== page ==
Oregon has been at the forefront of reforming the law that relates to the rights of workers as well as the ways in which they are compensated for their work. These laws have an impact on manufacturers as they are implemented. One of the areas that has been of key interest is that of overtime. The state has laws that specify what an employer can and cannot do when it comes to allocating overtime. It all depends on the type of worker and their contractual relationship. The current statute came into being on the 8th of August, 2017 following ratification by the state governor.
Under the terms of the new law, most employers within the manufacturing sector are required to pay their workers an enhancement if they happen to have worked more than 10 hours on any given day. The same law applies if they work for more than 40 hours in a given week. At the same time, the provisions of the law set a firm weekly maximum of 55 hours for workers in the manufacturing sector. The intention of the law is to prevent employers from extracting exploitative labor from their workers through increasing the number of hours worked whilst maintaining a single monthly salary. It is a loophole that is typical of the manufacturing industry, in which the pressure to keep costs down can be overwhelming.
Key Provisions Within the Statute
The law is designed to target those people who are employed within Oregon’s factories, mills, and other forms of manufacturing. This brings to the fore certain key issues that have to be addressed when setting up work contracts. The law is meant to exempt certain categories of workers in certain situations so that the employer is not left stranded by a lack of workers who are able and willing to do overtime. A case in point is when the workers are engaged in processing goods that are perishable. This is a sector that demands high flexibility in order to ensure that the produce does not expire or become unusable. If the strictest interpretations of the law were used, then it would mean that many industries that employ the people of Oregon would have no option but to close down. That is a risk that the legislators were anxious to moderate and mitigate.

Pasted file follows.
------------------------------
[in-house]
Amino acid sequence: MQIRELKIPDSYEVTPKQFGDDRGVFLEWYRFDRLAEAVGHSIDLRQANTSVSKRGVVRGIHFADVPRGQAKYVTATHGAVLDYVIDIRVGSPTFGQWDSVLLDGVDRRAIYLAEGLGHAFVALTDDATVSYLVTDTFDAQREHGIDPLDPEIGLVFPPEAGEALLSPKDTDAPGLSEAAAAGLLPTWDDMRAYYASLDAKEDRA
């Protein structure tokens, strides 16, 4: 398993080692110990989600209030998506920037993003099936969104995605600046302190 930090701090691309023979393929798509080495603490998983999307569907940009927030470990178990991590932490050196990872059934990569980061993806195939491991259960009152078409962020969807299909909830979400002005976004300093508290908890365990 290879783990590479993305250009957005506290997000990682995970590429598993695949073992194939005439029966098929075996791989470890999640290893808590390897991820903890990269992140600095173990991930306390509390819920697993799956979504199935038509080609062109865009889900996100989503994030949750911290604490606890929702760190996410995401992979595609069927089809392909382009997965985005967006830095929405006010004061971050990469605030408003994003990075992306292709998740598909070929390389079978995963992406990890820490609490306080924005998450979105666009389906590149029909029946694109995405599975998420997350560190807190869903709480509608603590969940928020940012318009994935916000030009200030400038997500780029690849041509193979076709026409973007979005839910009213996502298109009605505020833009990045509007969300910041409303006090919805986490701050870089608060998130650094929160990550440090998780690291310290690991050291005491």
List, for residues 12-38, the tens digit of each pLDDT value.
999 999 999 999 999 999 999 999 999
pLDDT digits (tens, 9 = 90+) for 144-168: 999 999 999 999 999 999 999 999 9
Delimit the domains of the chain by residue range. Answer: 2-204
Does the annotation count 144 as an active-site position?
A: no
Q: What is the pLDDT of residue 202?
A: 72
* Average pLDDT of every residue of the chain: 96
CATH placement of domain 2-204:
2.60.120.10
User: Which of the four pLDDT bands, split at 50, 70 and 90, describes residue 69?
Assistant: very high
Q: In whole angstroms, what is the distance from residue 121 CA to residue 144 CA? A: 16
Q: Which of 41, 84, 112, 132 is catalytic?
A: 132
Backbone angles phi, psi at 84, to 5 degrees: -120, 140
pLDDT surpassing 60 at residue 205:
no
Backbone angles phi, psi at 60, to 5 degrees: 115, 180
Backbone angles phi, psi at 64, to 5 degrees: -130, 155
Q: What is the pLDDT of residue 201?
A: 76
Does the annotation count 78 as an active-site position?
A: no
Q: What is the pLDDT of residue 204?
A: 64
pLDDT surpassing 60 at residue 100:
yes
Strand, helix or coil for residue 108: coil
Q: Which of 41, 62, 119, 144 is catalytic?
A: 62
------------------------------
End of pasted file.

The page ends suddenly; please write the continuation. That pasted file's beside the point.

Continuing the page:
The fact that certain employers are exempted from the maximum weekly hour limits does not mean that they are not paid for overtime. It merely implies that the employer has the flexibility to call them back in for work if required over and above the limit. This process is meant to be consensual, and it is not anticipated that employers will intimidate workers into accepting terms that are inferior to the ones that were envisaged within the law. It is imperative for employers to get legal advice from overtime law attorneys that understand these provisions of the law. The fact that the statute is still being implemented in its infancy stage calls for particular caution on the part of employers.
Specifications for Overtime Calculations
The law creates formulas that are both prospective and predictive when determining the level of pay and working hours. This is meant to ensure that both the employer and employee have a generally good idea of what they are to expect within a reasonable period of time. Of course, there is always an option to make appropriate amendments as long as proper notice is given. The Oregon Bureau of Labor and Industries (BOLI) has been issuing guidance to employers in these sectors. Contact us at (206)-400-7722 for further support and advice.